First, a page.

Brain ripples unite divergent elements of memory - study

A new study found that ripples occur not only in the hippocampus but in all areas of the cortex, during both wakefulness and sleep.

 The brain (illustrative). (photo credit: PIXABAY)
The brain (illustrative).
(photo credit: PIXABAY)

A new peer-reviewed study published last week in Proceedings of the National Academy of Sciences found that bursts of brain waves called "ripples" promote interactions between disparate parts of memory, uniting them into a single experience.

Previous studies found that ripples in the hippocampus organize the replay of spatiotemporal patterns during sleep, a process that is necessary to make memories permanent.

The new study by researchers at the University of California San Diego School of Medicine, including first author Charles W. Dickey and senior author and professor of radiology Eric Halgren, found that ripples occur not only in the hippocampus but in all areas of the cortex, during both wakefulness and sleep.

Memory ripples

The ripples lasted only about one-tenth of a second and had a frequency of about 90 cycles per second. The researchers found that a regular ripple event may involve some 5,000 small modules becoming active at the same time, according to UCSD.

“Remarkably, the ripples co-occurred and synchronized across all lobes and between both hemispheres, even at long distances,” Dickey said, according to UCSD. “Cortical neurons increased firing during ripples, at the ripple rhythm, potentially supporting interaction between distant locations.”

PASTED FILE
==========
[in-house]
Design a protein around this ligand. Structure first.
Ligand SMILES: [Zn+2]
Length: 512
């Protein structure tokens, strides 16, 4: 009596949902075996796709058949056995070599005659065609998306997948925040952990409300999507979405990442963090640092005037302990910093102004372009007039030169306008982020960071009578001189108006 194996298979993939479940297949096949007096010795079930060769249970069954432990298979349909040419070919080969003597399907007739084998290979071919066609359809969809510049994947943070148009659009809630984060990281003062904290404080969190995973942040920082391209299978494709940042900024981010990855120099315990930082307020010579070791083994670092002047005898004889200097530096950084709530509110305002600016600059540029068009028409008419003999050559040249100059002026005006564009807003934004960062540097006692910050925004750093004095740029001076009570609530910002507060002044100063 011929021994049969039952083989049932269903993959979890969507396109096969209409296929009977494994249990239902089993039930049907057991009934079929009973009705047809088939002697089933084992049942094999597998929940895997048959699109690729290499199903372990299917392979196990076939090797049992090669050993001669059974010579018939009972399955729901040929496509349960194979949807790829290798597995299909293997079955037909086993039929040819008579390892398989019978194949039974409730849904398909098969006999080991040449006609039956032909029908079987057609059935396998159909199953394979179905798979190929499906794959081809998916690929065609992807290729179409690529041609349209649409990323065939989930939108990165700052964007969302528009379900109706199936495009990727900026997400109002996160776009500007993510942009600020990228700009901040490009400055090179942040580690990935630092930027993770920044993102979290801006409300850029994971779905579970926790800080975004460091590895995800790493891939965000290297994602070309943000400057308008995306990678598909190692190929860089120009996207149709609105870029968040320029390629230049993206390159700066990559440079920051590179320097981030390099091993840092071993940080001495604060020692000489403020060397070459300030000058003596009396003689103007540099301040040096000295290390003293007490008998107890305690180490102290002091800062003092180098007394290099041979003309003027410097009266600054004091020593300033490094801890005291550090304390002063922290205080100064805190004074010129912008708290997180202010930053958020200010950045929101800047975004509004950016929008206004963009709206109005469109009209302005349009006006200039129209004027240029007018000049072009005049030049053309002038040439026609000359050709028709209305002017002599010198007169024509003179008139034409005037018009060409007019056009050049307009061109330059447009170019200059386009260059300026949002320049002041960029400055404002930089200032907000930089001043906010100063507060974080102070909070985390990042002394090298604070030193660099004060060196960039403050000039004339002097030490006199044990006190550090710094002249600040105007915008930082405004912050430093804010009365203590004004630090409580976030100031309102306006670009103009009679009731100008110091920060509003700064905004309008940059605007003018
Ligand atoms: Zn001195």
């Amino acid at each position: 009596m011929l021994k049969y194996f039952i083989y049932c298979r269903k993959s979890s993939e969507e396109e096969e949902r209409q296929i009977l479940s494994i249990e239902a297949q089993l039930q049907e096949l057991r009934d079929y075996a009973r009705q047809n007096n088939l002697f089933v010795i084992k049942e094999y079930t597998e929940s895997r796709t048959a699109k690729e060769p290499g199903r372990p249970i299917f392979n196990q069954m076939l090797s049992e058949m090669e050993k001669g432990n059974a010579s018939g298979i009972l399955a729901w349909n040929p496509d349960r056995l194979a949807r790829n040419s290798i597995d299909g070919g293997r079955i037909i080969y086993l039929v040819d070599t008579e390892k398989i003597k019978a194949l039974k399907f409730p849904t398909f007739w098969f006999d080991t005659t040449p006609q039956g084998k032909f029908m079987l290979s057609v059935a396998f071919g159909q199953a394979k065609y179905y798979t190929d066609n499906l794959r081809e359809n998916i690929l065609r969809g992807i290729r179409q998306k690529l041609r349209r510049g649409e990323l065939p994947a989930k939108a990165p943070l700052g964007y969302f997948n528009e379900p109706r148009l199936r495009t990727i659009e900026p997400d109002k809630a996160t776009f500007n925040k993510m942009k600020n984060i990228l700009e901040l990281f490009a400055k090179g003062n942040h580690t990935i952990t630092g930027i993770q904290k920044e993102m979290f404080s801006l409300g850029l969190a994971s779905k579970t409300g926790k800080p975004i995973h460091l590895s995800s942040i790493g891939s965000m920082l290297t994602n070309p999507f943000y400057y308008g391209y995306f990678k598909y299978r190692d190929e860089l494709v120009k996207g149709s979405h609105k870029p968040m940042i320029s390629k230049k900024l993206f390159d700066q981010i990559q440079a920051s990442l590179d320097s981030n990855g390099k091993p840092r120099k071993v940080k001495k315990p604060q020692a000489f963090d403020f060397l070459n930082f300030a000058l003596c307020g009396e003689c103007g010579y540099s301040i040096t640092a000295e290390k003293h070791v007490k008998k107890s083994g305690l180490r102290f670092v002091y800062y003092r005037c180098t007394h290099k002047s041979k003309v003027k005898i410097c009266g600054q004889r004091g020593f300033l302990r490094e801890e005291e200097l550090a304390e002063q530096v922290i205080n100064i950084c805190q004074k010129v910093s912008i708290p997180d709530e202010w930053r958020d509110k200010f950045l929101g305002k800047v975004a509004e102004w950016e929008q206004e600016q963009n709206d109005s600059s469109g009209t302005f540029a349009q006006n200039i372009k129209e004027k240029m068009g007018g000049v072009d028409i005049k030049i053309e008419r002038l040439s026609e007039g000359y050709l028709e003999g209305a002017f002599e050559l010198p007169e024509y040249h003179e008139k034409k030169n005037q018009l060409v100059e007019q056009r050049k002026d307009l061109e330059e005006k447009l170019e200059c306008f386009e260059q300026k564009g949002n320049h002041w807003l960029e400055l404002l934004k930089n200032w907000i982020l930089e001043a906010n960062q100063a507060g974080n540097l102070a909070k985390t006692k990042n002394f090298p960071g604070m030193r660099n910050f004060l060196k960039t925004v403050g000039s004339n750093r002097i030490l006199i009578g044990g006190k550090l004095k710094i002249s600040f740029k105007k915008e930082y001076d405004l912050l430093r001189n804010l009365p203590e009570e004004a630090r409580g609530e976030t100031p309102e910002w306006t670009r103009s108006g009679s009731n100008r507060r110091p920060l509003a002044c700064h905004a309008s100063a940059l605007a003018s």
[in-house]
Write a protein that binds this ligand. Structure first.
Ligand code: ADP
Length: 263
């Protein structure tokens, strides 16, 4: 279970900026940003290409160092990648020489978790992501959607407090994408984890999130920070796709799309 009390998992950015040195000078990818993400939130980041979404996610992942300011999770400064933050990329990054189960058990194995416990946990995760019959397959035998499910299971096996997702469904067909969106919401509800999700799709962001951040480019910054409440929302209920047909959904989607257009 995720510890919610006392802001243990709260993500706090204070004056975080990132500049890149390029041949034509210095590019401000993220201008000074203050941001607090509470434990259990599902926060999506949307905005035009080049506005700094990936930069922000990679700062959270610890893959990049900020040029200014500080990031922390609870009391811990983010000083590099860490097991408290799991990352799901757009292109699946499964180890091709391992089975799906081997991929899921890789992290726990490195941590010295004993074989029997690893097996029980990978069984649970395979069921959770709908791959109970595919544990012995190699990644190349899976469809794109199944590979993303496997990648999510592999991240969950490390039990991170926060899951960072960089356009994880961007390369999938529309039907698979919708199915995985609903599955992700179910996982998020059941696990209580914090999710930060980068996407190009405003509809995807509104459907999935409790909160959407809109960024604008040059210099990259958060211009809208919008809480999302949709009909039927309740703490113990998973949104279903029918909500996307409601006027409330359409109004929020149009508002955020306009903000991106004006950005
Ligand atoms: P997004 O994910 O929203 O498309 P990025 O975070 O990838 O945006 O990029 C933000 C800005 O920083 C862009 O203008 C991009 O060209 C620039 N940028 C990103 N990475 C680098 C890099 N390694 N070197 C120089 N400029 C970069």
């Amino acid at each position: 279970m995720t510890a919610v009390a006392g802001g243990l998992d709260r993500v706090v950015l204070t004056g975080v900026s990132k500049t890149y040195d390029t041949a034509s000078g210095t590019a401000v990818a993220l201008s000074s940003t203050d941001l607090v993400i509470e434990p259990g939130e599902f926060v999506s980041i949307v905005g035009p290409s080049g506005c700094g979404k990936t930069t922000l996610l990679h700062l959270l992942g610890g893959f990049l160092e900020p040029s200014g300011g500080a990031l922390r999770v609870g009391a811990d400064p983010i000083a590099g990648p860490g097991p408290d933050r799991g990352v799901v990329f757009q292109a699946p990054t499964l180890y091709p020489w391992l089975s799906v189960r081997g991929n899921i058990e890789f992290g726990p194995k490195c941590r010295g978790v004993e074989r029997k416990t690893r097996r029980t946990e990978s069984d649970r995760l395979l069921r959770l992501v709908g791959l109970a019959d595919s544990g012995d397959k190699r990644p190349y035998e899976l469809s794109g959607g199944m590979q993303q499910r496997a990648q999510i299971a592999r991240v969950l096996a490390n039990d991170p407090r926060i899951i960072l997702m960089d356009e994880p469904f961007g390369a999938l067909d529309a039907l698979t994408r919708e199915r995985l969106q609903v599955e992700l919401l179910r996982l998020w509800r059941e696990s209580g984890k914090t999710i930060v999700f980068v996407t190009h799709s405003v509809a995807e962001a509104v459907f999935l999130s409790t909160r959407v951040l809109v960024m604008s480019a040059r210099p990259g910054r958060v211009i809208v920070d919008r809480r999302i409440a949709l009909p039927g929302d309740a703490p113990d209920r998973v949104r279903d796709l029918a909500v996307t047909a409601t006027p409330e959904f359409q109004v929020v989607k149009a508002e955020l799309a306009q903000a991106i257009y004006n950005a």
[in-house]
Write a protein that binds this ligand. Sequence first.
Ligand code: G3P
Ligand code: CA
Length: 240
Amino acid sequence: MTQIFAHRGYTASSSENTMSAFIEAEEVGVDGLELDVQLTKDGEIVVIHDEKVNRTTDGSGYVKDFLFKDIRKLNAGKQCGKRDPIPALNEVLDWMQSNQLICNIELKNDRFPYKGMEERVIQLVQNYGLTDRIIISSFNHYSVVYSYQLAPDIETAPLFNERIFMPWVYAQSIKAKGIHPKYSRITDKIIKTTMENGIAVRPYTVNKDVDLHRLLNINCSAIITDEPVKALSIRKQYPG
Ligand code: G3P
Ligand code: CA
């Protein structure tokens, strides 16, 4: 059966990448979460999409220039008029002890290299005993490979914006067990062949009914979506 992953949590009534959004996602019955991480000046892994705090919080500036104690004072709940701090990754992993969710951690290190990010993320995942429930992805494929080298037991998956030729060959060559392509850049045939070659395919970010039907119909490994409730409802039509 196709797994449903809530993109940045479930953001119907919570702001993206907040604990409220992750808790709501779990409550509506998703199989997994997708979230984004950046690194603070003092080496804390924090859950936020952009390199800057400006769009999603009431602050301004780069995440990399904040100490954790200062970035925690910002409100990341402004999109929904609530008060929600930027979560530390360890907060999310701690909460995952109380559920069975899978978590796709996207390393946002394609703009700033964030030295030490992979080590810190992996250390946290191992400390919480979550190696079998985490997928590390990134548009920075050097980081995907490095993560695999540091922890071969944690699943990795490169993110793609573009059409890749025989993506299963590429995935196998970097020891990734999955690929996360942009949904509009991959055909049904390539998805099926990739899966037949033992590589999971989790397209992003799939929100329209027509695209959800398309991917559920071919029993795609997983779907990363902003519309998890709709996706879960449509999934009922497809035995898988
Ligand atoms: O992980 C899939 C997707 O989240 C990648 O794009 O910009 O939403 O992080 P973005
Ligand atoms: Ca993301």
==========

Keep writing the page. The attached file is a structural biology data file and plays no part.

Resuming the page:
An image of the human brain (credit: REUTERS)An image of the human brain (credit: REUTERS)

“There were more co-occurrences preceding successful memory recall. All of which suggests that distributed, cortical co-ripples promote the integration of different elements that may comprise a particular experiential memory.”

Charles W. Dickey, first author

“There were more co-occurrences preceding successful memory recall. All of which suggests that distributed, cortical co-ripples promote the integration of different elements that may comprise a particular experiential memory.”

Furthermore, the UCSD team found that cortical ripples often occur simultaneously with hippocampal ripples and at slower oscillations, between 1 and 12 cycles per second. UCSD added that these oscillations are controlled by the thalamus and regulate the firing of neurons, a process that is necessary for memory consolidation.

“As our experience is organized hierarchically in time, so too are the rhythms that organize our cortical activities that create that experience,” explained Halgren.